One thing is sure, we all need to face China and its companies in many difference aspects. The best way to prepare the future leaders of the global world is to 'understanding china" and helping them prepare to work in, work with and work against Chinese companies.
Hence, understanding China should be part of the MBA Curriculum.

What about India? I mentioned that Since I have lived all my life in India I have a fairly decent idea of India. What about others who need to understand India? Before that is there a reason to believe that India needs to be understood and is a possible economic world force to worry about.

William Pesek Jr., writing in Bloomberg, certainly thinks so.
The biggest industrialized nations haven't exactly said India will play second fiddle to China; they invited Asia's No. 4 and No. 2 economies to their Feb. 4 meeting. Yet the G-7's almost linear focus on China and its currency policy leave little doubt about which one it's betting on. Ditto for the policy-making elite attending this year's World Economic Forum in Davos, Switzerland.

The future size of the Chinese and Indian economies isn't just an academic issue. Their trajectories will say much about the migration of capital. As Chinese and Indian bond and stock markets grow along with gross domestic product, G-7 members may have a harder time remaining on investors' radar screens.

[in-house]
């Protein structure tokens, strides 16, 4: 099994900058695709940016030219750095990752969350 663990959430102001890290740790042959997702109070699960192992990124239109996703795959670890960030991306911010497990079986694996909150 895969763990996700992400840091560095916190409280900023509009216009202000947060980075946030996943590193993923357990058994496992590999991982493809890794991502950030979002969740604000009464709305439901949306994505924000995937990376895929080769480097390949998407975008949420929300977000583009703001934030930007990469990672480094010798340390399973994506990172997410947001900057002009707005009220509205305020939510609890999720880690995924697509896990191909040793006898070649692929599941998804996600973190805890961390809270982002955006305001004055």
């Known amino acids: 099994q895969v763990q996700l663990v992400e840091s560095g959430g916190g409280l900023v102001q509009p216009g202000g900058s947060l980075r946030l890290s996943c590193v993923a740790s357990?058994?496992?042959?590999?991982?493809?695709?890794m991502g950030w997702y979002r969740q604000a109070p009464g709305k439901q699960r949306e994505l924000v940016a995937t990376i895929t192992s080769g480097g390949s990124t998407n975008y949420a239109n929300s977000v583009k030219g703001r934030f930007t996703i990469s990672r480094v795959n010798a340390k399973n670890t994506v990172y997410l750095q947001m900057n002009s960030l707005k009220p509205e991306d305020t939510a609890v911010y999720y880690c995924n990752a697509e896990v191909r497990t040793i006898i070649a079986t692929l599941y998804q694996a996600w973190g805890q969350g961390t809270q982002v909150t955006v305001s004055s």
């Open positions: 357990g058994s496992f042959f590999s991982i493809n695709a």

Yet G-7 ministers should think twice before downplaying India's potential relative to China's. Investors, too.

Yet Daniel Lian, Singapore-based economist at Morgan Stanley, can think of at least two reasons not to count India out. One, the world has a dismal record of predicting the next economic mega- trend. Two, India could spring a few significant surprises that haven't entered the calculations of global investors.

Enter India, which has a measure of economic and political stability it will take China years to develop. India, for all its warts, isn't preoccupied by such risks. Its troubles include a massive national debt, high poverty, an inefficient and bureaucratic government and dodgy infrastructure. Yet India's progress in creating a living, breathing economy is more impressive than China's. It has an entrepreneurial spirit that produced Infosys Technologies Ltd., Dr. Reddy's Laboratories Ltd. and Wipro Ltd.

India's markets are also far more developed. China, for example, doesn't have much of a bond market, while India does. Indian companies have big head start and a significant advantage when it comes to raising capital in the debt markets. What China must build from scratch, India already has up and running.

A big push into export-oriented manufacturing also is underway in India. While China is clearly ahead on that count, India's efforts could pay important dividends in the area of poverty reduction. It's a means of creating jobs for those without the skills to enter India's software and call-center industries.

Also, Lian says, the West ultimately could favor India over China. Reasons include India's well-established Western-style democracy, the belief it's better equipped to protect intellectual property rights and the view of China a geopolitical competitor.

So in case you are not thinking about India you better start doing it now. You do not want to miss the boat, do you?

How to Read a Business Book?

Rajesh Jain points me to this post by the Slacker Manager on how to read a business book?